NIH/NIDA – The National Drug Abuse Treatment Clinical Trials Network (UG1 Clinical Trial Optional)

October 1, 2018 by School of Medicine Webmaster

This funding opportunity is being offered as part of the NIH’s Helping to End Addiction Long-term (HEAL) initiative to speed scientific solutions to the national opioid public health crisis. The NIH HEAL Initiative will bolster research across NIH to (1) improve treatment for opioid misuse and addiction and (2) enhance pain management. More information about the HEAL Initiative is available at:  https://www.nih.gov/research-training/medical-research-initiatives/heal-initiative.

This Funding Opportunity Announcement (FOA) invites applications from clinical investigators to participate in the National Drug Abuse Treatment Clinical Trials Network (CTN). NIDA intends to expand research capacity and continue to develop and test interventions for management of the wide spectrum of substance use problems via collaborative partnerships among NIDA, clinical research investigators, healthcare providers, and institutions. The emphasis of this FOA is to: 1) increase the Network’s scientific and clinical research capabilities, and 2) better cover geographic regions across the United States, particularly in regions highly impacted by the opioid overdose epidemic.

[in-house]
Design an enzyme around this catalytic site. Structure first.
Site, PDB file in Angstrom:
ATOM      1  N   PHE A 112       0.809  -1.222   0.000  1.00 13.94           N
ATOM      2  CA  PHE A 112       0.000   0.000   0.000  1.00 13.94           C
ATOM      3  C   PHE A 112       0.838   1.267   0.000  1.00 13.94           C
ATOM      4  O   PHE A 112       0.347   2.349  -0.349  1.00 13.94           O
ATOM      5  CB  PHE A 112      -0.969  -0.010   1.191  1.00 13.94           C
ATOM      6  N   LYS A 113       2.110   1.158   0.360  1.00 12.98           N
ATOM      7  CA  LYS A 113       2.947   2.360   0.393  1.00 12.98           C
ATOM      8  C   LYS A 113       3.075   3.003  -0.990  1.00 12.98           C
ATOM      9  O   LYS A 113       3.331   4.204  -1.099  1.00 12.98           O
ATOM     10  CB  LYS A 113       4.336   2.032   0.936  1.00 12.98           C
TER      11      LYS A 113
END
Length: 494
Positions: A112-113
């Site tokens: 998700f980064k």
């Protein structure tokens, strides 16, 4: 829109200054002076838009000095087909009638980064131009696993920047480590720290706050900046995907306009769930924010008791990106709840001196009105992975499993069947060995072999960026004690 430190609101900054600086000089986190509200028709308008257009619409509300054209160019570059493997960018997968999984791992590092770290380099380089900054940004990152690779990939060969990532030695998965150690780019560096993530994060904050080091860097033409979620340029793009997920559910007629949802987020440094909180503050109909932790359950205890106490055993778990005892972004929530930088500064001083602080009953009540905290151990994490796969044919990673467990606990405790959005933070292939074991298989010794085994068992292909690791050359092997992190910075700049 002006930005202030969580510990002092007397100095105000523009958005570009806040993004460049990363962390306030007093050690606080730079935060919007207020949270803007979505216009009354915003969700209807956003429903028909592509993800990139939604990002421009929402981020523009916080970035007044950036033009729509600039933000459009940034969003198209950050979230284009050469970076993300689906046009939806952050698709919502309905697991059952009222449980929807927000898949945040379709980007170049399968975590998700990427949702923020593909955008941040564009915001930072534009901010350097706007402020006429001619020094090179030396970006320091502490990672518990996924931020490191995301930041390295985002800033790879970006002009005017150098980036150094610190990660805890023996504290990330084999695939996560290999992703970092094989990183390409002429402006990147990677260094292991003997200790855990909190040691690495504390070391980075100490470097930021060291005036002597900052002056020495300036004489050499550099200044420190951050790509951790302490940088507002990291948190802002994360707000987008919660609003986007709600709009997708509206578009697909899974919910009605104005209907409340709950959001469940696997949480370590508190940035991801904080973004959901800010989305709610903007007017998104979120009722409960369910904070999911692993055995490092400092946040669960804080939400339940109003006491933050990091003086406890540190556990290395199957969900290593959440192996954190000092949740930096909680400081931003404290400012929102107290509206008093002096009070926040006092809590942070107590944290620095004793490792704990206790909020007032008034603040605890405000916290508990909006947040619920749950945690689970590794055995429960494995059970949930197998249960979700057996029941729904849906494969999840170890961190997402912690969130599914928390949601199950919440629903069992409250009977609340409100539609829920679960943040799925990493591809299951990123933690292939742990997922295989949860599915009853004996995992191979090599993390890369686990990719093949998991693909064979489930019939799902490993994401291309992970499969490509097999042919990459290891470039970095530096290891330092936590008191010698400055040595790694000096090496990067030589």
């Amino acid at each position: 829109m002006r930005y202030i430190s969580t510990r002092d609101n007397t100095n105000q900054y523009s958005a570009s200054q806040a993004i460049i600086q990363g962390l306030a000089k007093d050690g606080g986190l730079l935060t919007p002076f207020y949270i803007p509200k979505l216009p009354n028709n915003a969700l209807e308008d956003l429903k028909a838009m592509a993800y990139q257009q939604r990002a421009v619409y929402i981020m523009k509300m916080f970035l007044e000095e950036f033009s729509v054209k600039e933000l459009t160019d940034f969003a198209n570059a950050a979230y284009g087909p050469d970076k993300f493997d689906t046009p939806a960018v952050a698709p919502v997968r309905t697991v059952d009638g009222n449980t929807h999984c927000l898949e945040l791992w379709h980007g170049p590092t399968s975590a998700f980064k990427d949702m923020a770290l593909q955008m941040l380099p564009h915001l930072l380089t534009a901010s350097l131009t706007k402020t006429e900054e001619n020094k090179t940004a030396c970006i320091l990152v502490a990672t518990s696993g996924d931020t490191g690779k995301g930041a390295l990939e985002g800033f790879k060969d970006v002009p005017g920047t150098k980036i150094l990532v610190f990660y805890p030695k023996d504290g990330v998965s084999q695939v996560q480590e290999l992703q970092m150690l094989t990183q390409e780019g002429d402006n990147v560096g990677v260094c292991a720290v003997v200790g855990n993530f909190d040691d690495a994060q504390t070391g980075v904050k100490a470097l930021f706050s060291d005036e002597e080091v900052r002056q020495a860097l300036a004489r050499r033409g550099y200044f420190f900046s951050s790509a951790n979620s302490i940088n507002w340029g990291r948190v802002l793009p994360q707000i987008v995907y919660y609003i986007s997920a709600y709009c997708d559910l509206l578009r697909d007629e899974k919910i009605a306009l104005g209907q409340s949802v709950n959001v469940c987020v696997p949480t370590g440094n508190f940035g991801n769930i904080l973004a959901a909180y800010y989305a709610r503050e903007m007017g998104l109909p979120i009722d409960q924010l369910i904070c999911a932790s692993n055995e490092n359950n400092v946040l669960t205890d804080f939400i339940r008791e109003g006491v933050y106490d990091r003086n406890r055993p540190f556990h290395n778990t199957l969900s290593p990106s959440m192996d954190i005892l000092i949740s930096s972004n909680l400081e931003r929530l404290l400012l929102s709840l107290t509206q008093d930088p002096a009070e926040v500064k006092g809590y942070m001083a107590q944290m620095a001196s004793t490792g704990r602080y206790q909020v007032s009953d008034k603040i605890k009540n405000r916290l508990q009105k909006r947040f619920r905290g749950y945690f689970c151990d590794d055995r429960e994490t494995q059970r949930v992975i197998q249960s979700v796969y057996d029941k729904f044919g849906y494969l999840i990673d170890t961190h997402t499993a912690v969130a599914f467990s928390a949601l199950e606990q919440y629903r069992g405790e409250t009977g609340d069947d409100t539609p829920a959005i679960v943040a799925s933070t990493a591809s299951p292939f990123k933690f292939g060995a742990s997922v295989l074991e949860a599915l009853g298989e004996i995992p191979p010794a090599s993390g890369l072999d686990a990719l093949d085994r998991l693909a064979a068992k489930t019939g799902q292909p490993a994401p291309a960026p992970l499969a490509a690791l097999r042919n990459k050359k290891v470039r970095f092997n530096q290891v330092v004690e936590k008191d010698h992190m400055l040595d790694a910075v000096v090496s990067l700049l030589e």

NIDA’s CTN was established in 1999 to bridge the gap between research and practice to improve treatment of substance use disorders (SUD) nationwide. The CTN seeks to address critical research questions with direct relevance to clinical practice and the needs of patients. Over the last two decades, the CTN’s research infrastructure and agenda have evolved to reflect the changing landscape of the SUD treatment community, transformation of health care systems, and emerging scientific advancements. The CTN has been engaging providers in general medical settings and healthcare systems, and in 2015 the Network built upon and expanded its research portfolio encouraging adoption of innovative bioinformatics approaches, new technology, and “learning healthcare system” principles to enhance the efficiency of SUD clinical research and clinical care.